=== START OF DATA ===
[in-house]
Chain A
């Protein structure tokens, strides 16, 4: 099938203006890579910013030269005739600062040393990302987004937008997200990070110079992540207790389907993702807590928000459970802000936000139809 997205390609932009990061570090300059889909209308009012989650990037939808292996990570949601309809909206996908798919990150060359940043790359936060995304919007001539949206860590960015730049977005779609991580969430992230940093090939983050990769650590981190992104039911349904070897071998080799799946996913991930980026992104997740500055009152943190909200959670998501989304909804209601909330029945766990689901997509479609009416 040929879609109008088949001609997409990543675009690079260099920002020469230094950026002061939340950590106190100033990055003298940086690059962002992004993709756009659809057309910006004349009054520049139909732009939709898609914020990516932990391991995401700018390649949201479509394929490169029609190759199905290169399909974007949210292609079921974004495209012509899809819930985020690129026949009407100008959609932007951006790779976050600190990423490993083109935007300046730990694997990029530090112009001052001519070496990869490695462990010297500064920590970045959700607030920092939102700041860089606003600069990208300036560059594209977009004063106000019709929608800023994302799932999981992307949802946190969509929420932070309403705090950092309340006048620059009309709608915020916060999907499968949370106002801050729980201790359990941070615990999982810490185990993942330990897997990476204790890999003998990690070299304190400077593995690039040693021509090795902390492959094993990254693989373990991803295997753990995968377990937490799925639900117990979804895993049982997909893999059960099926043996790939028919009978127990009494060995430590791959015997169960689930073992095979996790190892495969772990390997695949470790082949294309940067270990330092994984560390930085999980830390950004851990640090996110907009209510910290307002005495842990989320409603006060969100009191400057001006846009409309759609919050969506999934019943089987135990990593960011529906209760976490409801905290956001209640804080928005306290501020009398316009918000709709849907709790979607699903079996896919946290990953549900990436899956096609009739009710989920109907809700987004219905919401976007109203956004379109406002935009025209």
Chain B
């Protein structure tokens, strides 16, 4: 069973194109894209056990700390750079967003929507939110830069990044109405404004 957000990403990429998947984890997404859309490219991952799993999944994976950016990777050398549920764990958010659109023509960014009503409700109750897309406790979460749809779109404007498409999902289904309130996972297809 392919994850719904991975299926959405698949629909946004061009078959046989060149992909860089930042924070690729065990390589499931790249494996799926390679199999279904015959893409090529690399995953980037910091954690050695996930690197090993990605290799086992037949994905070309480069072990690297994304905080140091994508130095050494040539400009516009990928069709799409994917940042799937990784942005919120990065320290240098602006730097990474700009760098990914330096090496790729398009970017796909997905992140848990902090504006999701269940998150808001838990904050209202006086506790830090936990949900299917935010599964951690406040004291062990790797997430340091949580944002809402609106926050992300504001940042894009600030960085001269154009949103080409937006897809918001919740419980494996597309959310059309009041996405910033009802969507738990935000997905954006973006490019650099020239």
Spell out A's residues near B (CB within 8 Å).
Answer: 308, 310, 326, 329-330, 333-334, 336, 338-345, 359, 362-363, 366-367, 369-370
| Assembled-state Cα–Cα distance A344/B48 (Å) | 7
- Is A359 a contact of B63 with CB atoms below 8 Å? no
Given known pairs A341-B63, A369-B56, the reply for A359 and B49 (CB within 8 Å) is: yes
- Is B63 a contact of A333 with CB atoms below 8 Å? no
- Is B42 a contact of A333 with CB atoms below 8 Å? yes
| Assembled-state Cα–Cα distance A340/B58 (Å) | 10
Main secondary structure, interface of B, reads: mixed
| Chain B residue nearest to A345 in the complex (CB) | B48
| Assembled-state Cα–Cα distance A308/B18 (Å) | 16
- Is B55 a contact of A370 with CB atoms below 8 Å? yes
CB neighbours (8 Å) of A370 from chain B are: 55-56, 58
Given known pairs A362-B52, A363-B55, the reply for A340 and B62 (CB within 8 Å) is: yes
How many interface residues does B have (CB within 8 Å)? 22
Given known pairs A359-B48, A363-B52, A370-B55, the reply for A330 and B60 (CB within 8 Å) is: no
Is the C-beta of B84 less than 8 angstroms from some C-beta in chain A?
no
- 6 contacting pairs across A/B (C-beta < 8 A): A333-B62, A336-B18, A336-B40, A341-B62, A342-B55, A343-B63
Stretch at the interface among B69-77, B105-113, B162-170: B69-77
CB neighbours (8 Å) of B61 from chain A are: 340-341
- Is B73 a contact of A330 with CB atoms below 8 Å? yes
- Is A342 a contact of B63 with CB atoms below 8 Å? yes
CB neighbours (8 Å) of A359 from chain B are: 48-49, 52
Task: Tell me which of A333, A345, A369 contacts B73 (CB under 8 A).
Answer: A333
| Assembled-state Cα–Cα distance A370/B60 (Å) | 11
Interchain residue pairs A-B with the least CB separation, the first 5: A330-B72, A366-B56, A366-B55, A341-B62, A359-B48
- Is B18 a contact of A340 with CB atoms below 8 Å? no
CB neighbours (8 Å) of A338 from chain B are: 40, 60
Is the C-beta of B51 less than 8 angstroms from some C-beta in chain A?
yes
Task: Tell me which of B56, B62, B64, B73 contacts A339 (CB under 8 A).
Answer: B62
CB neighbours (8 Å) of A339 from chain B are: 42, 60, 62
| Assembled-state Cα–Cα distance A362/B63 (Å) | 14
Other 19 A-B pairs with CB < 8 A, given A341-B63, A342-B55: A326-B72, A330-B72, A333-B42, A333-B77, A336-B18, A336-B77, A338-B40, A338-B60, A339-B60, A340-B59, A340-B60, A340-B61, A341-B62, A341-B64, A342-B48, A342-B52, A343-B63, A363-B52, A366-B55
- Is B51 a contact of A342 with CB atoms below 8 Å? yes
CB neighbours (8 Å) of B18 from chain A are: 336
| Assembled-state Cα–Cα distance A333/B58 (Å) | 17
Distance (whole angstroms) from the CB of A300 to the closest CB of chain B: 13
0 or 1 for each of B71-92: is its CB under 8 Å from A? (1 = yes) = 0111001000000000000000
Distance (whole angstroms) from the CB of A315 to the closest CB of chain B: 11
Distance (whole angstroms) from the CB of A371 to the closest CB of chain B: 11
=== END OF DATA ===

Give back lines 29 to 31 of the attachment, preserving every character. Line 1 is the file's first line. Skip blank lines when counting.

CB neighbours (8 Å) of A359 from chain B are: 48-49, 52
Task: Tell me which of A333, A345, A369 contacts B73 (CB under 8 A).
Answer: A333